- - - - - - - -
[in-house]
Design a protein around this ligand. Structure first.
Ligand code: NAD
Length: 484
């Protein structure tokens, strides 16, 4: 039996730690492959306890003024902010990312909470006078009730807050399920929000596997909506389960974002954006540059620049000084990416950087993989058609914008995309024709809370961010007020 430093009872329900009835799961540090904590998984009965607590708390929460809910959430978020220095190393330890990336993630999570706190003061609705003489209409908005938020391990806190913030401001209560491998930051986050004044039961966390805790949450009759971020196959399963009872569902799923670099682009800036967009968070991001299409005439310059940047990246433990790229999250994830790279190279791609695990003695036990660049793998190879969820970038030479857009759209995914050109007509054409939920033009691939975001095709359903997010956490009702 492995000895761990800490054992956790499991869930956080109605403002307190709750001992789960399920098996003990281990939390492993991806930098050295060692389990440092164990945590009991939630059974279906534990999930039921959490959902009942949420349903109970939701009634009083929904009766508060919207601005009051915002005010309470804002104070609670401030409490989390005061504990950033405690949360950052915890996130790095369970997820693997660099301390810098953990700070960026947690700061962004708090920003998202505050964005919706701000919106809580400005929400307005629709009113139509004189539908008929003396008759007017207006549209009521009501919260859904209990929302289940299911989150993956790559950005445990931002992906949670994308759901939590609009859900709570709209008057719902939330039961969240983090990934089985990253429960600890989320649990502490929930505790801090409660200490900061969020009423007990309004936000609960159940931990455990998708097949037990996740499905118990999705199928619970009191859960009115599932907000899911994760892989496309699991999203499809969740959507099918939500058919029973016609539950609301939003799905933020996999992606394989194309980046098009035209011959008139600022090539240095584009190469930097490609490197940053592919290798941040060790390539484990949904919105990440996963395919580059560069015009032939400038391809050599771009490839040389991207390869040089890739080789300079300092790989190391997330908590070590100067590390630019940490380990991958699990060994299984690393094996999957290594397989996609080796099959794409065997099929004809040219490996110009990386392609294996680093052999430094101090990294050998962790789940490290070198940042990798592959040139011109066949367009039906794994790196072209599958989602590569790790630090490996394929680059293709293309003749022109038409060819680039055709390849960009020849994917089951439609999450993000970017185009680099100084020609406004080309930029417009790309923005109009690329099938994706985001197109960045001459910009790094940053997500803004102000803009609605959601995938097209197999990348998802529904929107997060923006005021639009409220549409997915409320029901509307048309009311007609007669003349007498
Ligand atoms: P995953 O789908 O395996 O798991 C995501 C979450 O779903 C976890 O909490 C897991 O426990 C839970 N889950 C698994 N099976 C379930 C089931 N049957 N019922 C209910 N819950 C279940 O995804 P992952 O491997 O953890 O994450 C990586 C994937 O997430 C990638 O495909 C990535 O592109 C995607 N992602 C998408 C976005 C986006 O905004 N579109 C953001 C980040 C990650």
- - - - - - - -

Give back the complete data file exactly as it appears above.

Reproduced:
[in-house]
Design a protein around this ligand. Structure first.
Ligand code: NAD
Length: 484
């Protein structure tokens, strides 16, 4: 039996730690492959306890003024902010990312909470006078009730807050399920929000596997909506389960974002954006540059620049000084990416950087993989058609914008995309024709809370961010007020 430093009872329900009835799961540090904590998984009965607590708390929460809910959430978020220095190393330890990336993630999570706190003061609705003489209409908005938020391990806190913030401001209560491998930051986050004044039961966390805790949450009759971020196959399963009872569902799923670099682009800036967009968070991001299409005439310059940047990246433990790229999250994830790279190279791609695990003695036990660049793998190879969820970038030479857009759209995914050109007509054409939920033009691939975001095709359903997010956490009702 492995000895761990800490054992956790499991869930956080109605403002307190709750001992789960399920098996003990281990939390492993991806930098050295060692389990440092164990945590009991939630059974279906534990999930039921959490959902009942949420349903109970939701009634009083929904009766508060919207601005009051915002005010309470804002104070609670401030409490989390005061504990950033405690949360950052915890996130790095369970997820693997660099301390810098953990700070960026947690700061962004708090920003998202505050964005919706701000919106809580400005929400307005629709009113139509004189539908008929003396008759007017207006549209009521009501919260859904209990929302289940299911989150993956790559950005445990931002992906949670994308759901939590609009859900709570709209008057719902939330039961969240983090990934089985990253429960600890989320649990502490929930505790801090409660200490900061969020009423007990309004936000609960159940931990455990998708097949037990996740499905118990999705199928619970009191859960009115599932907000899911994760892989496309699991999203499809969740959507099918939500058919029973016609539950609301939003799905933020996999992606394989194309980046098009035209011959008139600022090539240095584009190469930097490609490197940053592919290798941040060790390539484990949904919105990440996963395919580059560069015009032939400038391809050599771009490839040389991207390869040089890739080789300079300092790989190391997330908590070590100067590390630019940490380990991958699990060994299984690393094996999957290594397989996609080796099959794409065997099929004809040219490996110009990386392609294996680093052999430094101090990294050998962790789940490290070198940042990798592959040139011109066949367009039906794994790196072209599958989602590569790790630090490996394929680059293709293309003749022109038409060819680039055709390849960009020849994917089951439609999450993000970017185009680099100084020609406004080309930029417009790309923005109009690329099938994706985001197109960045001459910009790094940053997500803004102000803009609605959601995938097209197999990348998802529904929107997060923006005021639009409220549409997915409320029901509307048309009311007609007669003349007498
Ligand atoms: P995953 O789908 O395996 O798991 C995501 C979450 O779903 C976890 O909490 C897991 O426990 C839970 N889950 C698994 N099976 C379930 C089931 N049957 N019922 C209910 N819950 C279940 O995804 P992952 O491997 O953890 O994450 C990586 C994937 O997430 C990638 O495909 C990535 O592109 C995607 N992602 C998408 C976005 C986006 O905004 N579109 C953001 C980040 C990650």